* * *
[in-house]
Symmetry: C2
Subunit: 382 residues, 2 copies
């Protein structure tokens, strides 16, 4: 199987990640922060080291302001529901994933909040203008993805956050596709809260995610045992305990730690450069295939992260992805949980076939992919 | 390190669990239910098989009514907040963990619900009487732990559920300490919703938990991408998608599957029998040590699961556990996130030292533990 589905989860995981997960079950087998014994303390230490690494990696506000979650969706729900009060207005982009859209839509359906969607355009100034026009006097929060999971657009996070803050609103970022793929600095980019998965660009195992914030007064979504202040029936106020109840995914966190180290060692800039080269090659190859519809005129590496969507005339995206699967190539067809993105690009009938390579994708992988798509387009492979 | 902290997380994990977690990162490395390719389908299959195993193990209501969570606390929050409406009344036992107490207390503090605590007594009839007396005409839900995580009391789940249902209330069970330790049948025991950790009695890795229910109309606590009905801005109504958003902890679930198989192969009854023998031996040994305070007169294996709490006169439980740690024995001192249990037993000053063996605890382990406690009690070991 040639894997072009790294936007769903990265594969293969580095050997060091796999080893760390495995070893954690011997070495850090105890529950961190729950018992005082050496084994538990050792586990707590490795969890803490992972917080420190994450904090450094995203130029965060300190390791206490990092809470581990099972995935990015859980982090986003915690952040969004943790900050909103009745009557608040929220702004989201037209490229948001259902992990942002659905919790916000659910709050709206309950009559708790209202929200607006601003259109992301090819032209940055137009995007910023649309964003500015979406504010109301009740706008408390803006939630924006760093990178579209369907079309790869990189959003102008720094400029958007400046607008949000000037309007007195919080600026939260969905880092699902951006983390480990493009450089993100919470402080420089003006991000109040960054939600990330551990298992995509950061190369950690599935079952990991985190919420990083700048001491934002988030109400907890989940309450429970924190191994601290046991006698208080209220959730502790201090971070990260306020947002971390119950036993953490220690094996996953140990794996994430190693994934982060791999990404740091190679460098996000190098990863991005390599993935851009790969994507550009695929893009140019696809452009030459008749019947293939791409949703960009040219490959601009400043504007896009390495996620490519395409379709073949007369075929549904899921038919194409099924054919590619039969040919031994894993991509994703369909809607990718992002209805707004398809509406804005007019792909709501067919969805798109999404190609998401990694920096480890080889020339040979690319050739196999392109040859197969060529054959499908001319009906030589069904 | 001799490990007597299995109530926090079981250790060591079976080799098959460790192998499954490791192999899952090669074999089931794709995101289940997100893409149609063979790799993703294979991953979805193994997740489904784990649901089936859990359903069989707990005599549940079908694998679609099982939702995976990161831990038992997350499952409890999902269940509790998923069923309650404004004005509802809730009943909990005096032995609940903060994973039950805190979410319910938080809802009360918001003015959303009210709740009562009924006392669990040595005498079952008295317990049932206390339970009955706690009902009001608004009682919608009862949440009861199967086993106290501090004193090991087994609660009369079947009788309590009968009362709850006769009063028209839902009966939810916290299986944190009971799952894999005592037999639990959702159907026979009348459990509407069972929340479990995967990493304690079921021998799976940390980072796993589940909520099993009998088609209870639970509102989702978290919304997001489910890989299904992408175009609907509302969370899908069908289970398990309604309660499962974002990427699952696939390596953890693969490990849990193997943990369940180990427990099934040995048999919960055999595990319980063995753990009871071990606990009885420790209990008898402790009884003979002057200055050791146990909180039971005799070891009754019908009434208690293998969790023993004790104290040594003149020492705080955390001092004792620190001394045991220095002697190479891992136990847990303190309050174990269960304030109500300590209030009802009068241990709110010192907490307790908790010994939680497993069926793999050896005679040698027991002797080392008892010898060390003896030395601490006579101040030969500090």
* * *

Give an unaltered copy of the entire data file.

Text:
[in-house]
Symmetry: C2
Subunit: 382 residues, 2 copies
């Protein structure tokens, strides 16, 4: 199987990640922060080291302001529901994933909040203008993805956050596709809260995610045992305990730690450069295939992260992805949980076939992919 | 390190669990239910098989009514907040963990619900009487732990559920300490919703938990991408998608599957029998040590699961556990996130030292533990 589905989860995981997960079950087998014994303390230490690494990696506000979650969706729900009060207005982009859209839509359906969607355009100034026009006097929060999971657009996070803050609103970022793929600095980019998965660009195992914030007064979504202040029936106020109840995914966190180290060692800039080269090659190859519809005129590496969507005339995206699967190539067809993105690009009938390579994708992988798509387009492979 | 902290997380994990977690990162490395390719389908299959195993193990209501969570606390929050409406009344036992107490207390503090605590007594009839007396005409839900995580009391789940249902209330069970330790049948025991950790009695890795229910109309606590009905801005109504958003902890679930198989192969009854023998031996040994305070007169294996709490006169439980740690024995001192249990037993000053063996605890382990406690009690070991 040639894997072009790294936007769903990265594969293969580095050997060091796999080893760390495995070893954690011997070495850090105890529950961190729950018992005082050496084994538990050792586990707590490795969890803490992972917080420190994450904090450094995203130029965060300190390791206490990092809470581990099972995935990015859980982090986003915690952040969004943790900050909103009745009557608040929220702004989201037209490229948001259902992990942002659905919790916000659910709050709206309950009559708790209202929200607006601003259109992301090819032209940055137009995007910023649309964003500015979406504010109301009740706008408390803006939630924006760093990178579209369907079309790869990189959003102008720094400029958007400046607008949000000037309007007195919080600026939260969905880092699902951006983390480990493009450089993100919470402080420089003006991000109040960054939600990330551990298992995509950061190369950690599935079952990991985190919420990083700048001491934002988030109400907890989940309450429970924190191994601290046991006698208080209220959730502790201090971070990260306020947002971390119950036993953490220690094996996953140990794996994430190693994934982060791999990404740091190679460098996000190098990863991005390599993935851009790969994507550009695929893009140019696809452009030459008749019947293939791409949703960009040219490959601009400043504007896009390495996620490519395409379709073949007369075929549904899921038919194409099924054919590619039969040919031994894993991509994703369909809607990718992002209805707004398809509406804005007019792909709501067919969805798109999404190609998401990694920096480890080889020339040979690319050739196999392109040859197969060529054959499908001319009906030589069904 | 001799490990007597299995109530926090079981250790060591079976080799098959460790192998499954490791192999899952090669074999089931794709995101289940997100893409149609063979790799993703294979991953979805193994997740489904784990649901089936859990359903069989707990005599549940079908694998679609099982939702995976990161831990038992997350499952409890999902269940509790998923069923309650404004004005509802809730009943909990005096032995609940903060994973039950805190979410319910938080809802009360918001003015959303009210709740009562009924006392669990040595005498079952008295317990049932206390339970009955706690009902009001608004009682919608009862949440009861199967086993106290501090004193090991087994609660009369079947009788309590009968009362709850006769009063028209839902009966939810916290299986944190009971799952894999005592037999639990959702159907026979009348459990509407069972929340479990995967990493304690079921021998799976940390980072796993589940909520099993009998088609209870639970509102989702978290919304997001489910890989299904992408175009609907509302969370899908069908289970398990309604309660499962974002990427699952696939390596953890693969490990849990193997943990369940180990427990099934040995048999919960055999595990319980063995753990009871071990606990009885420790209990008898402790009884003979002057200055050791146990909180039971005799070891009754019908009434208690293998969790023993004790104290040594003149020492705080955390001092004792620190001394045991220095002697190479891992136990847990303190309050174990269960304030109500300590209030009802009068241990709110010192907490307790908790010994939680497993069926793999050896005679040698027991002797080392008892010898060390003896030395601490006579101040030969500090």